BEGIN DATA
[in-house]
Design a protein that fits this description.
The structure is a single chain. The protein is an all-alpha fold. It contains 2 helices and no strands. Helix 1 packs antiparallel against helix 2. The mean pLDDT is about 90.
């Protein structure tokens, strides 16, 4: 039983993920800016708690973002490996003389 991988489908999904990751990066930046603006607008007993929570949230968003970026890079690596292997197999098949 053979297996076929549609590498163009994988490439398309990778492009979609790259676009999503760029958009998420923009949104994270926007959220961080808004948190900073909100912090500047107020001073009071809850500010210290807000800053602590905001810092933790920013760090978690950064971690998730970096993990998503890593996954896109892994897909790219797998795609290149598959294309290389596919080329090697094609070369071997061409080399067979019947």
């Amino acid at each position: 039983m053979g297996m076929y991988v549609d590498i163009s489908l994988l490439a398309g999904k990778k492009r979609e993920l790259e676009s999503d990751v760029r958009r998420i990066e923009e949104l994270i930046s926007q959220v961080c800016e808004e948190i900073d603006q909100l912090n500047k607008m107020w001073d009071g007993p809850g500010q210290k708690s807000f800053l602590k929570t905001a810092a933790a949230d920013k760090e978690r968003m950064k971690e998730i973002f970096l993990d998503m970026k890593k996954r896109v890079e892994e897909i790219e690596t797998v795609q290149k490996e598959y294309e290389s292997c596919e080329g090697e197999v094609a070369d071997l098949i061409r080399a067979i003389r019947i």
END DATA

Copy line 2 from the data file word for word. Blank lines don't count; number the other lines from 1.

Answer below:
Design a protein that fits this description.